I think that I’m right in saying that there’s been a subtle but noticeable switch in the Irish public’s perception of Ryanair in the past few months.
Ryanair, for those of you who haven’t had the pleasure of flying them, is an Irish low cost carrier that’s grown to become Europe’s biggest low-cost airline through a manic-like drive on the part of its flamboyant Chief Executive, Michael O’Leary, to ruthlessly cut costs, often to the point of depravity and beyond.
If you did, like me, once admire the man’s brazenness, incredible business acumen, and in-your-face style, it would be hard to do so now.
At some point, Ryanair crossed ‘the line’ and went too far, and it’s found itself on the wrong side of that line ever since.
Perhaps that crossing of the Rubicon was the Bob Ross case, when the airline charged a disabled cerebral palsy sufferer to pay for use of a wheelchair at Stansted and was sued, and - thankfully - lost in Court.
Or perhaps it was the recent volcanic ash fiasco, when O’Leary made a futile defiant stand against the compensation required by European Union law, saying that Ryanair wouldn’t pay out, until he was forced to meekly back down when threatened with mass lawsuits. The volcanic ash and wheelchair cases proved to many that Ryanair in general, and O’Leary in particular, are seized by a culture of impunity, where they think that they’re above the law.
Or perhaps it’s your own personal experience with the airline: you’ve experienced the cramped leg-room, the non-stop torturous advertising during flights, or reached to the seat ahead of you only to find that even the seat pouches have yielded to O’Leary’s insatiable appetite for profitability.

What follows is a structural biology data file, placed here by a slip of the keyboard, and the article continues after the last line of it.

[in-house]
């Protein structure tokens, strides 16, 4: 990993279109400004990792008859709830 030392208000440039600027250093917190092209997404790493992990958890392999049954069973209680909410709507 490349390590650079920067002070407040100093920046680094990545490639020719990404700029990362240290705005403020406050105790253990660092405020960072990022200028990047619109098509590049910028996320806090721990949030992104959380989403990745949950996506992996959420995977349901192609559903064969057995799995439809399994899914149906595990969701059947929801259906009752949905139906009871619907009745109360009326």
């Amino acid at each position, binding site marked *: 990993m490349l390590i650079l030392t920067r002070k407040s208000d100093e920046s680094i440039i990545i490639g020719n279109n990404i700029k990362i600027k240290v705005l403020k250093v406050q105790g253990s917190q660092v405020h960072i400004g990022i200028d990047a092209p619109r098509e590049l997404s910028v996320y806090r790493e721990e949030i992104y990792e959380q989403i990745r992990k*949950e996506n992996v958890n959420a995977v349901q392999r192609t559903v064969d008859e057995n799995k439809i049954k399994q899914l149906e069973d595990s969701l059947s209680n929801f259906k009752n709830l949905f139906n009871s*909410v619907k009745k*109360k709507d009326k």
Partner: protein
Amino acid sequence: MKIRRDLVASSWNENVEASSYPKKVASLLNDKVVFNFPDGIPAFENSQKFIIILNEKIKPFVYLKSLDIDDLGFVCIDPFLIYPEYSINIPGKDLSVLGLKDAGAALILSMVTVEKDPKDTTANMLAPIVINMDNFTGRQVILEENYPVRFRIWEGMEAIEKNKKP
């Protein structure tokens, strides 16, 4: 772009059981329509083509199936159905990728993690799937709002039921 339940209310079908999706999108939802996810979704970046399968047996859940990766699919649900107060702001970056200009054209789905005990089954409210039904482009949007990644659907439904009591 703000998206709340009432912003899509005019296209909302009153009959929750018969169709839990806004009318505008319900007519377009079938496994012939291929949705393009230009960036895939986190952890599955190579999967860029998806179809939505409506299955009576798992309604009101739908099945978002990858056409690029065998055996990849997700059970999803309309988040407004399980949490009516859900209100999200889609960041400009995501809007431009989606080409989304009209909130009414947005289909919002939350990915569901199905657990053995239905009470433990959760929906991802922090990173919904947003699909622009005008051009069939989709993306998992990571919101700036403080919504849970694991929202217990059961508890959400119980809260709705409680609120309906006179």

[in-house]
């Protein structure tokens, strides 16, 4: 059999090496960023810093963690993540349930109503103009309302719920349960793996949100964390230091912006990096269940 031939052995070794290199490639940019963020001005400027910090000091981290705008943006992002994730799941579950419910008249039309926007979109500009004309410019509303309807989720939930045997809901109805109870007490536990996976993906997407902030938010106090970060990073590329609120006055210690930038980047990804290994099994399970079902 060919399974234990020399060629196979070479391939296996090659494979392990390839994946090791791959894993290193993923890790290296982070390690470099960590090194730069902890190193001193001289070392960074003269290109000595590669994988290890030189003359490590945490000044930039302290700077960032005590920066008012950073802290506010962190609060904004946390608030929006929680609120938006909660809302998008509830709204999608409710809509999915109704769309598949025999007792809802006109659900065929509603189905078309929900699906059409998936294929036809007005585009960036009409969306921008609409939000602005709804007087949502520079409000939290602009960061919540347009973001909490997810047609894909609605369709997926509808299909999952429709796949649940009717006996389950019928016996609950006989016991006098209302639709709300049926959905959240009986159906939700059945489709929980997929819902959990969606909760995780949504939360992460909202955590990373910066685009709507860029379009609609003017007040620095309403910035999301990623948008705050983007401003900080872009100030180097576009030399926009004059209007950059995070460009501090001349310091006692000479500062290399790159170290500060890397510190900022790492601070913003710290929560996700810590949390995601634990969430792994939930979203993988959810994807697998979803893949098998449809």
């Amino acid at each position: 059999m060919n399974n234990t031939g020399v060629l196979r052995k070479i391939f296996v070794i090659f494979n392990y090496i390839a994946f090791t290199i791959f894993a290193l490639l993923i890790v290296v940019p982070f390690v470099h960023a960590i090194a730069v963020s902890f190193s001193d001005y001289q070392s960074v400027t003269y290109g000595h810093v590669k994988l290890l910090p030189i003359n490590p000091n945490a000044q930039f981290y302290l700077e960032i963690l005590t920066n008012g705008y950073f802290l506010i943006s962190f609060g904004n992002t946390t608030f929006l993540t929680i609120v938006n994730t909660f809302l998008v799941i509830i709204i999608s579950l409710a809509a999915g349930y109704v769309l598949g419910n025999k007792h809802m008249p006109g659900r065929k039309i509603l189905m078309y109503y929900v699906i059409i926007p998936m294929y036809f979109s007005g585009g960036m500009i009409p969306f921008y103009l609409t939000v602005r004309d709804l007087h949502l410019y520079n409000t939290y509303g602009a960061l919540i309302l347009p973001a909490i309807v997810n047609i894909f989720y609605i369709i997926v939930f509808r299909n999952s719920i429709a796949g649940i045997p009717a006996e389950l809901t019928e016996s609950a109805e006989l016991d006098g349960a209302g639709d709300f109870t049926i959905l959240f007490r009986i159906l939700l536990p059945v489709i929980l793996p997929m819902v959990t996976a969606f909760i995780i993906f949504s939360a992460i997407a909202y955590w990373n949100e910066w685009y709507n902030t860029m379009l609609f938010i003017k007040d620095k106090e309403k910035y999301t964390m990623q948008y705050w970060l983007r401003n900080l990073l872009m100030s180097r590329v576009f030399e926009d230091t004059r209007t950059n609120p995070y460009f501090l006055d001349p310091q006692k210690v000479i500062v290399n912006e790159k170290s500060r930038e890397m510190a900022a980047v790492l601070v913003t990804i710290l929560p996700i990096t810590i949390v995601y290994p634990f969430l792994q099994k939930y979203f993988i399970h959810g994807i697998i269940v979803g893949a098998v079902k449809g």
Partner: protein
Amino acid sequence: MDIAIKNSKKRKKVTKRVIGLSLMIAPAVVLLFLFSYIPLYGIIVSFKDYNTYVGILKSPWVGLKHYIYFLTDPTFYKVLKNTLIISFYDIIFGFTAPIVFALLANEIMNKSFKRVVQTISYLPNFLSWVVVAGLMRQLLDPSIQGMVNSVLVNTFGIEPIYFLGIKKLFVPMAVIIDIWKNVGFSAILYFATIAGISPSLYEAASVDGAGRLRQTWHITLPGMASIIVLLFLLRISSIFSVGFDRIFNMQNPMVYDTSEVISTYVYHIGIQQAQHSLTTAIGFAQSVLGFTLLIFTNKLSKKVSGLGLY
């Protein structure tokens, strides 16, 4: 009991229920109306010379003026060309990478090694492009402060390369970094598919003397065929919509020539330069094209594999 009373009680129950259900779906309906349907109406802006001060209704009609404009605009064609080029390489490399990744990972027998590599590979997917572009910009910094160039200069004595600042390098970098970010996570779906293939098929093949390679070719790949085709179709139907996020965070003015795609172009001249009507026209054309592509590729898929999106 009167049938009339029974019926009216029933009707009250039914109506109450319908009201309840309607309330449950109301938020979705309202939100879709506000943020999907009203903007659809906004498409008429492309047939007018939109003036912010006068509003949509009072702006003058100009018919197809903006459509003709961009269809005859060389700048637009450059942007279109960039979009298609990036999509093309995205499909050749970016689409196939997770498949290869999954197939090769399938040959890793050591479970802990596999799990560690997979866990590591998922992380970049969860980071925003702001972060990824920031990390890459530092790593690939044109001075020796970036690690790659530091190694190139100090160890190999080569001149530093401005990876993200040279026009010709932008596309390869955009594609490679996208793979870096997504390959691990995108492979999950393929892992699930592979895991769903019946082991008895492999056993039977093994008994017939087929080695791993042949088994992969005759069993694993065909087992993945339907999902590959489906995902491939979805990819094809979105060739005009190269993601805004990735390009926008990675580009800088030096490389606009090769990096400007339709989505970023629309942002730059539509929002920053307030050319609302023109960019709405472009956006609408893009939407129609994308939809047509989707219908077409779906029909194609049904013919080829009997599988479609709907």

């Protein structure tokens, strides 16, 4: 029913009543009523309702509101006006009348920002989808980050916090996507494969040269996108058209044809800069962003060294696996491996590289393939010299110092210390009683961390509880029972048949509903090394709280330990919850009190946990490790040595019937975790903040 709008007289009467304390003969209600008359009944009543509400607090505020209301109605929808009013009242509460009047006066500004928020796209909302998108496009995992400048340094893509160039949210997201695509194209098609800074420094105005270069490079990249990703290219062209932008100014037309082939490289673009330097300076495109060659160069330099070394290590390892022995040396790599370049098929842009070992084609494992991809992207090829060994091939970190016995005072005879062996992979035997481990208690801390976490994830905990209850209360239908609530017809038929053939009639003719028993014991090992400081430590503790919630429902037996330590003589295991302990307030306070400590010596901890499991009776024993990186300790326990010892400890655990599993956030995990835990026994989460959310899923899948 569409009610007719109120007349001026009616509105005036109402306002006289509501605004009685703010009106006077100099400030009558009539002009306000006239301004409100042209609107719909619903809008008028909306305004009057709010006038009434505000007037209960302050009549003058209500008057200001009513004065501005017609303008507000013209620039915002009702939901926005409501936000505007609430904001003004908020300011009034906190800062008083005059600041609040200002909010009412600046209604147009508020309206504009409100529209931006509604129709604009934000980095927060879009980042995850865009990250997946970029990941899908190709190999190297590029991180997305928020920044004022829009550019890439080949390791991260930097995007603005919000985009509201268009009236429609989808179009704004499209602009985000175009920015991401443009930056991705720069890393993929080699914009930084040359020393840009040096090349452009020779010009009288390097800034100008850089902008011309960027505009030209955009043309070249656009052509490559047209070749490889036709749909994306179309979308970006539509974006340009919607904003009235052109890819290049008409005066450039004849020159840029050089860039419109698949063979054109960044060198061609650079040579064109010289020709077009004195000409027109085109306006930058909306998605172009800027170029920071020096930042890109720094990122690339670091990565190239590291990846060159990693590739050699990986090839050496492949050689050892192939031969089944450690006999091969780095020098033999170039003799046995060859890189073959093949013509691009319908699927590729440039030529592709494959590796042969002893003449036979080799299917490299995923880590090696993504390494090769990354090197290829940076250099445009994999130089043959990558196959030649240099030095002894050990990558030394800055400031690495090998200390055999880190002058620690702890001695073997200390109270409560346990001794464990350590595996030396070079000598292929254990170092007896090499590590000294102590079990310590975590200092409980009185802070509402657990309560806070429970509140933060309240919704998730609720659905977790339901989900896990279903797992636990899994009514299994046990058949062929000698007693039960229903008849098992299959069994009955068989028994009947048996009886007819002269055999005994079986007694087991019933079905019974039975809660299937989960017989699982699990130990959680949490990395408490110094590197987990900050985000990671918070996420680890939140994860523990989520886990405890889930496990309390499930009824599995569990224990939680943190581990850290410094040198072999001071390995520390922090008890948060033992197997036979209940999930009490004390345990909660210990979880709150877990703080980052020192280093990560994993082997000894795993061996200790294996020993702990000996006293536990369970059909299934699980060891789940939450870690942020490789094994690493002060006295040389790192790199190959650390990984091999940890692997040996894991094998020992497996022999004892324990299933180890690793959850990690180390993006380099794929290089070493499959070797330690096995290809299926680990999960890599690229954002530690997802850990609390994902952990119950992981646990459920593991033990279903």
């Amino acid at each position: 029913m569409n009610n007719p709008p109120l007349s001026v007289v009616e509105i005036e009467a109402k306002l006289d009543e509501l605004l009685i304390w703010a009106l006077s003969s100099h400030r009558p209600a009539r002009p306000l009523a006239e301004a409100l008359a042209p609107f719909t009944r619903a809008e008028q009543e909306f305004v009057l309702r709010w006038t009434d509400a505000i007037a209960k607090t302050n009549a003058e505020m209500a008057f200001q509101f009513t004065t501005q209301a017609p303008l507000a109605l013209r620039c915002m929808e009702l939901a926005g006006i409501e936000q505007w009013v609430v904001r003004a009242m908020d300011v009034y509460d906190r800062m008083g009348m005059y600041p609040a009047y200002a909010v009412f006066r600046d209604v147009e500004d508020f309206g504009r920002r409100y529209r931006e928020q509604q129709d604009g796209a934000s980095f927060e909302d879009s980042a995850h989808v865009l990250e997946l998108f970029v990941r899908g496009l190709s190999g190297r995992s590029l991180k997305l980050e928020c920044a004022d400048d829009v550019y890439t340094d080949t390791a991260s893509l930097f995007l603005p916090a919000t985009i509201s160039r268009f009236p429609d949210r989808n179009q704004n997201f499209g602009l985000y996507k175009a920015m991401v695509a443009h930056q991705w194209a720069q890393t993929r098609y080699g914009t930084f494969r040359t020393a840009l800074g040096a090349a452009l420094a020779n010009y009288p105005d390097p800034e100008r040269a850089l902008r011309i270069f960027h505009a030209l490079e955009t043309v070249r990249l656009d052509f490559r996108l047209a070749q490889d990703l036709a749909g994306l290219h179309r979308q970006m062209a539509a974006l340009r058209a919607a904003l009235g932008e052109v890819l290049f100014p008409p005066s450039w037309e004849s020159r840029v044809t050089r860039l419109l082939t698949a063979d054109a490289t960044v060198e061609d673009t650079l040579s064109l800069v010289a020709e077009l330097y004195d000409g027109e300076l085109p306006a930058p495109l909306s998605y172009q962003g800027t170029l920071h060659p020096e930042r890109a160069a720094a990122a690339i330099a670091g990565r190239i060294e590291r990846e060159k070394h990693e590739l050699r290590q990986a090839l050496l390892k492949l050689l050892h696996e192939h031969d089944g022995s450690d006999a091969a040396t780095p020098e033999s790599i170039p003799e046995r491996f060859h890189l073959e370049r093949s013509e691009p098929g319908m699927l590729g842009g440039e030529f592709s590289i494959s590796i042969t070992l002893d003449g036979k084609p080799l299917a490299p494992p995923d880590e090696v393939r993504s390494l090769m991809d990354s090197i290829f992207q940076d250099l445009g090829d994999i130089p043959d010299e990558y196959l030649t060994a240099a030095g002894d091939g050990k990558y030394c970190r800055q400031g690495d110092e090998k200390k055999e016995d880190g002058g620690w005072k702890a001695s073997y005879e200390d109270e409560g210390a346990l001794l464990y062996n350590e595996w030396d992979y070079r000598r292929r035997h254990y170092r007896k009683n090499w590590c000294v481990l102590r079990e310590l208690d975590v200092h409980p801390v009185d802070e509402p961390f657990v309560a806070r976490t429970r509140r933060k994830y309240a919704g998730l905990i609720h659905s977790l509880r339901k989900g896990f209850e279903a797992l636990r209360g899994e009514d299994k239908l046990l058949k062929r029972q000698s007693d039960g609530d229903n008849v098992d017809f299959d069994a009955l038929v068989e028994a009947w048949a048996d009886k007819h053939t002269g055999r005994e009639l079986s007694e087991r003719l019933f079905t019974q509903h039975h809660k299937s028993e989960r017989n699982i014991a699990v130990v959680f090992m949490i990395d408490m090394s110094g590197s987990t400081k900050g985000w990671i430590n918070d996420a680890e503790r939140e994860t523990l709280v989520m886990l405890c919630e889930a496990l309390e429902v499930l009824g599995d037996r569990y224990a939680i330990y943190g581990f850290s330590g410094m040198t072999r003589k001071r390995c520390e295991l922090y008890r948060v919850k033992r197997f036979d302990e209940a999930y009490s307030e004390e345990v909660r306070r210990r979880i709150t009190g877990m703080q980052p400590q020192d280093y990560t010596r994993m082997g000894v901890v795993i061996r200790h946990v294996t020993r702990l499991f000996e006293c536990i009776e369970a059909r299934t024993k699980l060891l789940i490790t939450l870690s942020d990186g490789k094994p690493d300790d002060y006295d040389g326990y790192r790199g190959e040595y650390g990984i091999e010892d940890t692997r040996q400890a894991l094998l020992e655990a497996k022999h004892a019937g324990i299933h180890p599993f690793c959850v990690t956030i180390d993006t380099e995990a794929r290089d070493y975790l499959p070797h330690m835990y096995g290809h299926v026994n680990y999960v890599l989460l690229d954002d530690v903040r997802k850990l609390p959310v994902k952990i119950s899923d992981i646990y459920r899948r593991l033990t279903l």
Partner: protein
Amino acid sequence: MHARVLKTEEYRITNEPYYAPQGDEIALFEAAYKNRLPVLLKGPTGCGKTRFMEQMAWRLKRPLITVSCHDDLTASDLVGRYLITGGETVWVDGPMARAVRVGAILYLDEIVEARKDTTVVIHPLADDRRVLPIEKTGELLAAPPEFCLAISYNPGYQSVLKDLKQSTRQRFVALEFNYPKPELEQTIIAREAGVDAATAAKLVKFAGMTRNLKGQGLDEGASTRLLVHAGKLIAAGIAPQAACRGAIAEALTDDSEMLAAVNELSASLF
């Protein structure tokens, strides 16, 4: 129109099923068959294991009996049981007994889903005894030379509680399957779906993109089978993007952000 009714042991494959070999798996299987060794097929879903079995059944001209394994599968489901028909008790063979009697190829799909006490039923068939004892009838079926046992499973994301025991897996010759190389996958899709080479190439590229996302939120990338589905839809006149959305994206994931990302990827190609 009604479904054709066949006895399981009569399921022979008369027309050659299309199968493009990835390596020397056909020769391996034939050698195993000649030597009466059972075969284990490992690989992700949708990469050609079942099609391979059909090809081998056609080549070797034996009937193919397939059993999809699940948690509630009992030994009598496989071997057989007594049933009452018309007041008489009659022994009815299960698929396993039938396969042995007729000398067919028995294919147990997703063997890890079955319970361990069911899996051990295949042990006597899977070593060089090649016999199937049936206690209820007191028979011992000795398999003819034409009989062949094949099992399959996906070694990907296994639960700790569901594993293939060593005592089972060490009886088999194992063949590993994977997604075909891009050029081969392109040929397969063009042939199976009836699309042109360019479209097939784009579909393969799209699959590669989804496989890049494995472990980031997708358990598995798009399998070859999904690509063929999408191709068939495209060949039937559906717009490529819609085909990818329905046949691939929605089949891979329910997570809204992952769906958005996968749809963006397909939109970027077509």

There are many reasons why you could hate Ryanair and all of them would be valid.
The mistreatment of passengers takes place on a literally daily basis. Today I wrote a story for IrishCentral today which details no less than three situations of the airline mistreating passengers: cancelling a flight to Spain without offering stranded passengers any help, inhumanely refusing to give passengers water when delayed for hours - and forcing the police, yes, the police, to do so -, and finally their deservedly abysmal rating in a consumers’ poll.
But perhaps the final indignity, and one which I initially disbelieved, was the airliner’s announcement that there would be - wait for it - a £1 toilet charge.
Every time you need to use the toilet, well, it’s gonna’ cost.
Defenders of the airline will point to Ryanair revolutionizing the world and beginning the budget travel age as reasons why one should still love the airline despite the sweatshop like conditions they impose on their patrons .
This may have been true at the dawn of the budget travel age, but now that that dawn has risen, it’s time to put your dignity above your wallet and pay a little bit more to be treated like a human - and not charged to use the toilet!